From Washington D.C. to the schools in my home state of Washington, there is broad agreement that when students walk across the stage to receive their high school diploma, they should have the skills they need to further their education and begin their career. I believe to be truly college-and-career ready, students need a strong foundation in financial literacy, so they will be able to tackle those challenges in adulthood. That’s not just important for their future. It’s also important for our economy.
We saw with the devastating economic recession that too many Americans lacked the information and skills to make sound, well-informed financial decisions, from signing up for credit cards, to taking out a mortgage, to planning for retirement. That’s not just problematic for families, it can have negative consequences for our national economy.
In the Senate, I’ve championed legislation to help Americans of all ages become more financially informed by making sure states have the resources they need to teach financial literacy in K-12 schools and two-and-four-year colleges.
Whether it’s skyrocketing interest rates on credit cards or a complex retirement plan, one thing I’ve heard from so many constituents is, “I wish they had taught this stuff in school.” I agree. For younger students, learning these skills alongside the core curriculum in math and reading will help prepare them for the challenges they will face later in life. Especially as students and families take on loans to finance their post-secondary education, they need to have these basic skills so they fully understand the consequences of taking on student debt.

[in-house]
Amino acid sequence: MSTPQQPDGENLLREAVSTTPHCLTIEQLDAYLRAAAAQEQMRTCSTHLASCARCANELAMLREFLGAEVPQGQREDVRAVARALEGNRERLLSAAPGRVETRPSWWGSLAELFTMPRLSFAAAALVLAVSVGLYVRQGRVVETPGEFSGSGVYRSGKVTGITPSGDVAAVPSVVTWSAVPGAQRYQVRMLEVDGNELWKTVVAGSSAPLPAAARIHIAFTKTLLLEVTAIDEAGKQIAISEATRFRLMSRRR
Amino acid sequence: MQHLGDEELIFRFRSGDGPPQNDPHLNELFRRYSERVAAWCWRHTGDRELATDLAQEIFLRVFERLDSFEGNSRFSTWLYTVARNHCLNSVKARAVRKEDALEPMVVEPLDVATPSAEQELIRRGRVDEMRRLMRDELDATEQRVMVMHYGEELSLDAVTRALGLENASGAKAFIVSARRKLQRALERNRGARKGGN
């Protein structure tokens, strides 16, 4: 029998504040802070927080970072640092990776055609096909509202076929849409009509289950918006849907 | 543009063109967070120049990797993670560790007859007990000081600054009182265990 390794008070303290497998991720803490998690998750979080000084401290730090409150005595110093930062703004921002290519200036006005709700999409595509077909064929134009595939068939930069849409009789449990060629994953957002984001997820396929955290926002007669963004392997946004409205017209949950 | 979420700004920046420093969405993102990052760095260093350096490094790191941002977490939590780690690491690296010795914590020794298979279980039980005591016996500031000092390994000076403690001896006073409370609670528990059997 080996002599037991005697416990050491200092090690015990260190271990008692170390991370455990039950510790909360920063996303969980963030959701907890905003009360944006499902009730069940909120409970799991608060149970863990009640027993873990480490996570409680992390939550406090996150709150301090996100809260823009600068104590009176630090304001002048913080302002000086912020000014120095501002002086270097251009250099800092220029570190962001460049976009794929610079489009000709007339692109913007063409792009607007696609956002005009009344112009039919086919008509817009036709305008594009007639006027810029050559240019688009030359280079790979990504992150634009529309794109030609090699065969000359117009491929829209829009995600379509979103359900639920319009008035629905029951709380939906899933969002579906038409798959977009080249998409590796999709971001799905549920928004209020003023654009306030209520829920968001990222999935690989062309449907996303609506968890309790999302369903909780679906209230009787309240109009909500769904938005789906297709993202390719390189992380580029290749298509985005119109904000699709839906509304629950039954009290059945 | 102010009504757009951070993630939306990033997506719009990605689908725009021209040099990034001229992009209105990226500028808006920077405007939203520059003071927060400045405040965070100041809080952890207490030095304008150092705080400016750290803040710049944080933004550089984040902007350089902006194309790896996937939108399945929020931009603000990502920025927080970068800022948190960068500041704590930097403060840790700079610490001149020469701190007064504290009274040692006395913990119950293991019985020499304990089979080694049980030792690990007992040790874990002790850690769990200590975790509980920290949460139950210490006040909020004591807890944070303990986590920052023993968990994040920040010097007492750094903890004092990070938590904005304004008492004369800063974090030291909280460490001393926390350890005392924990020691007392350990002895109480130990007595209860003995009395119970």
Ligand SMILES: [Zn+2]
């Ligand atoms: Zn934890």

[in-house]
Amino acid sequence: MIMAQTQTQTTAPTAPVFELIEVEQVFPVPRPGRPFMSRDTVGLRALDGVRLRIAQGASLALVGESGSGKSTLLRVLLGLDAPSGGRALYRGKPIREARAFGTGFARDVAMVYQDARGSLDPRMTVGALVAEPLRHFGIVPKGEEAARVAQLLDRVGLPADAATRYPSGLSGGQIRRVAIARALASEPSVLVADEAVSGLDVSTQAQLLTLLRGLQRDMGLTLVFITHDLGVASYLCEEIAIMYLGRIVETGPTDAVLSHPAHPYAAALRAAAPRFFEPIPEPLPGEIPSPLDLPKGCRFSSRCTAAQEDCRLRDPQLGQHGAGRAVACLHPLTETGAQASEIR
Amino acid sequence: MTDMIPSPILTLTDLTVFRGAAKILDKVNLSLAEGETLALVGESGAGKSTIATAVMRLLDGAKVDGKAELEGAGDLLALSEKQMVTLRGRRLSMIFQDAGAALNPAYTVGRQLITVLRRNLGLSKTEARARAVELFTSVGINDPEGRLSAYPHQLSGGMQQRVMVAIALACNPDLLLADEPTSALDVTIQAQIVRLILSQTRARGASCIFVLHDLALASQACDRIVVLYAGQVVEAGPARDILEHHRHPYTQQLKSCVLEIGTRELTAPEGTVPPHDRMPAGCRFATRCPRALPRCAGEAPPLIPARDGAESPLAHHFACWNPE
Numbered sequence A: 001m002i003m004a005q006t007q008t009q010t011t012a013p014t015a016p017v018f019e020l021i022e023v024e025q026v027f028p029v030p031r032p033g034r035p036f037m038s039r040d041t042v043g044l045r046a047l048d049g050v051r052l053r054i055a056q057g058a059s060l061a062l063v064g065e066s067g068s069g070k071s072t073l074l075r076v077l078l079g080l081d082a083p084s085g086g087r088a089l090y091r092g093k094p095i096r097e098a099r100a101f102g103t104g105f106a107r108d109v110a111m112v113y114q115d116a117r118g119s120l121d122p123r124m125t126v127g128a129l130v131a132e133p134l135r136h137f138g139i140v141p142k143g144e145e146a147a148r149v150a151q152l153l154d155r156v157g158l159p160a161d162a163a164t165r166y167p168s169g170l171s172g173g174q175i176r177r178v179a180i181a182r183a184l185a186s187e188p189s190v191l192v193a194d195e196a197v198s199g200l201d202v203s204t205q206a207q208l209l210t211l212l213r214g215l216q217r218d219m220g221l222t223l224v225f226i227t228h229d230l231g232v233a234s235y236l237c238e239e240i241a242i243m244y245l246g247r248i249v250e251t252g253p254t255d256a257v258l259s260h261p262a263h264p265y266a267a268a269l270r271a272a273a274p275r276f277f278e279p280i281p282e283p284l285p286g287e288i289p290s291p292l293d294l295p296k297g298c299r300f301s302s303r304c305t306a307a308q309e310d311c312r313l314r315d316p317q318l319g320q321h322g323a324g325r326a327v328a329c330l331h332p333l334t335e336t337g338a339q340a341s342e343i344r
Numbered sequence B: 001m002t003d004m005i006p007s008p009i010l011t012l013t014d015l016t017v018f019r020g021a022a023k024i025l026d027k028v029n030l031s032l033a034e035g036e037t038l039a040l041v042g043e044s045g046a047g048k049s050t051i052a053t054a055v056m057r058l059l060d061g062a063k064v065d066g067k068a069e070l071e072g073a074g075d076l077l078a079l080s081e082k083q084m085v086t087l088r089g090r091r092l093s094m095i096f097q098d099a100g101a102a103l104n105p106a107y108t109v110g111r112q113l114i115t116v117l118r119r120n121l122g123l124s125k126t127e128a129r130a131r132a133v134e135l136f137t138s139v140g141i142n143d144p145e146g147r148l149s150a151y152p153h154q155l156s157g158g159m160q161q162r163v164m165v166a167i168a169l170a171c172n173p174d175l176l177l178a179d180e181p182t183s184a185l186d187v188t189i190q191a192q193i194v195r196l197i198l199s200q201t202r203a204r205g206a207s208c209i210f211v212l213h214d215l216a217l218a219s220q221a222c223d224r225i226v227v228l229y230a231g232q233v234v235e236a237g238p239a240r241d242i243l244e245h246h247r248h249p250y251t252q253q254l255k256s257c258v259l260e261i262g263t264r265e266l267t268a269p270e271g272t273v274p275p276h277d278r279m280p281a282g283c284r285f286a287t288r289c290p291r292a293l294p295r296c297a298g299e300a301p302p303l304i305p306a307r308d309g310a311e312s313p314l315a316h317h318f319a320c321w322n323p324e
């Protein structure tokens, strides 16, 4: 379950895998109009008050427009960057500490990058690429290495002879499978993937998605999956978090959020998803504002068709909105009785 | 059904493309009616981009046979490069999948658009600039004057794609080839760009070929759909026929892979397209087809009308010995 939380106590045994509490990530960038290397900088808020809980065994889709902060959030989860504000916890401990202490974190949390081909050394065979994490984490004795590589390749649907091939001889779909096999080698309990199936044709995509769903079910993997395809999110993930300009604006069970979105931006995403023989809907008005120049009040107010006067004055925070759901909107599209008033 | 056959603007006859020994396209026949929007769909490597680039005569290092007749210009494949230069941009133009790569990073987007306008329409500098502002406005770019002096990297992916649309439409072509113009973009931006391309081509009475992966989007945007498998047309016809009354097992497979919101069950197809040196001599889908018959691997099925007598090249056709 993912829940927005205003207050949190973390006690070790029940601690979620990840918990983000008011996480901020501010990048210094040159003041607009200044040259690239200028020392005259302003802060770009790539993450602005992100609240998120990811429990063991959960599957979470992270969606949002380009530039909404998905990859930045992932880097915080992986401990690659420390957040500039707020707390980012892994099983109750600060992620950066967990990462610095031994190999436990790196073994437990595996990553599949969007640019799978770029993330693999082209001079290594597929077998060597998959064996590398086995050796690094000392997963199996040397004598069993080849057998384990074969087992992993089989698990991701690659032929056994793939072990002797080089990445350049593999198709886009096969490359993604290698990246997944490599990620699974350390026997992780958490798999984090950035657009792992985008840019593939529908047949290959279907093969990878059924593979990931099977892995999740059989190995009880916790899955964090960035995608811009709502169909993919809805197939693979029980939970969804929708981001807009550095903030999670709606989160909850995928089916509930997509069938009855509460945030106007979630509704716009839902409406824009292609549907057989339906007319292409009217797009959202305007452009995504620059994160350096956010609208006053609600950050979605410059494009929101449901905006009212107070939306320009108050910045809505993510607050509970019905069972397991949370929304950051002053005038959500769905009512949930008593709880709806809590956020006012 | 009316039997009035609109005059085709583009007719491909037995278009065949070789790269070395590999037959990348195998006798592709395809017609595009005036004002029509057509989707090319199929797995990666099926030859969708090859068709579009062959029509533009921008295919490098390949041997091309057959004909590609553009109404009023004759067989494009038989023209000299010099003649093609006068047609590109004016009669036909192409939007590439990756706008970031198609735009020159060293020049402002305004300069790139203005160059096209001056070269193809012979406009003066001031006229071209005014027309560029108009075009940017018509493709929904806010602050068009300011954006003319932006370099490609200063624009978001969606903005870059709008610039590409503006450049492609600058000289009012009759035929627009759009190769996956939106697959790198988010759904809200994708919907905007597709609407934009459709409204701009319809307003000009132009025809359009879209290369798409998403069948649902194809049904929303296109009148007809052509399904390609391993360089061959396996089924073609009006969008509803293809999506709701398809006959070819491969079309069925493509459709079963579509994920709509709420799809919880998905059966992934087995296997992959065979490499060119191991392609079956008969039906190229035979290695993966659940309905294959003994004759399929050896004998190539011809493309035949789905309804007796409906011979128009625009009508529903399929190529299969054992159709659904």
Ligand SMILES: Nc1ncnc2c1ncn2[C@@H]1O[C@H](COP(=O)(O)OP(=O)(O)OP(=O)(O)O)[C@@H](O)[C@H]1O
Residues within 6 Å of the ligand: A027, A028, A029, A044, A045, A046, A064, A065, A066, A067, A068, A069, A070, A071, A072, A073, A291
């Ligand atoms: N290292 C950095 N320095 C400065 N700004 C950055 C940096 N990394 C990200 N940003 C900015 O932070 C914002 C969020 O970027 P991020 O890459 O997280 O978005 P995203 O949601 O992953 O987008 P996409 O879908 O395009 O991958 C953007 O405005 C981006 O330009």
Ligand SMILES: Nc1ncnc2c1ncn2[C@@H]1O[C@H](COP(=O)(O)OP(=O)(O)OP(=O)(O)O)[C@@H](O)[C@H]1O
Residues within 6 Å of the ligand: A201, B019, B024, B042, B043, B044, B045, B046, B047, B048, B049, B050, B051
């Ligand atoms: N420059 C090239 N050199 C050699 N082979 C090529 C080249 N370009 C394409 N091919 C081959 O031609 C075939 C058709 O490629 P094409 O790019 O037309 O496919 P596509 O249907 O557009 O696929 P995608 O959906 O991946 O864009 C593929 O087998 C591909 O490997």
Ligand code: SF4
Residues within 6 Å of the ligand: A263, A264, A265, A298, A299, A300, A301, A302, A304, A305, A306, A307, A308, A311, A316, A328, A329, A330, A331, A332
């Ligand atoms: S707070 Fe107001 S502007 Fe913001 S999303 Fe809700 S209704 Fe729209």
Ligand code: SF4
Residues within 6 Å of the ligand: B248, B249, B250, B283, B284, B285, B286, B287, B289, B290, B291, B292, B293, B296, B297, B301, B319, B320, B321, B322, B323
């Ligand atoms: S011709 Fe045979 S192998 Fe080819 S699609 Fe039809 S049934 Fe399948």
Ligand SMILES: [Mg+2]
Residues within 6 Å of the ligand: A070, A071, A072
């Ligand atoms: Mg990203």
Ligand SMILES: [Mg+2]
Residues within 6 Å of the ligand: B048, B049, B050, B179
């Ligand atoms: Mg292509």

Adults should also have access to financial education, so they can understand the fine print and not fall prey to predatory lending or other scams. That’s why my legislation would provide resources to two-and-four-year colleges and universities and partner organizations, so they can provide high-quality courses in financial literacy.
Education is one of the most important investments we can make to create broad-based and long-term economic growth. Empowering more Americans with the knowledge and skills they need to make sound financial decisions goes hand-in-hand with providing all students with a high-quality public education, regardless of where they live, how they learn, or how much money their parents make. That’s why I’ll continue to fight for investments to better prepare today’s and tomorrow’s citizens for the numerous individual financial decisions they will make, from housing to employment and education.
All students should graduate from high school, college-and-career ready, which includes having a strong foundation in financial literacy. Incorporating financial literacy skills in K-12 education, as well as expanding learning opportunities well into adulthood, will pay off for our students’ future and the future of our economy.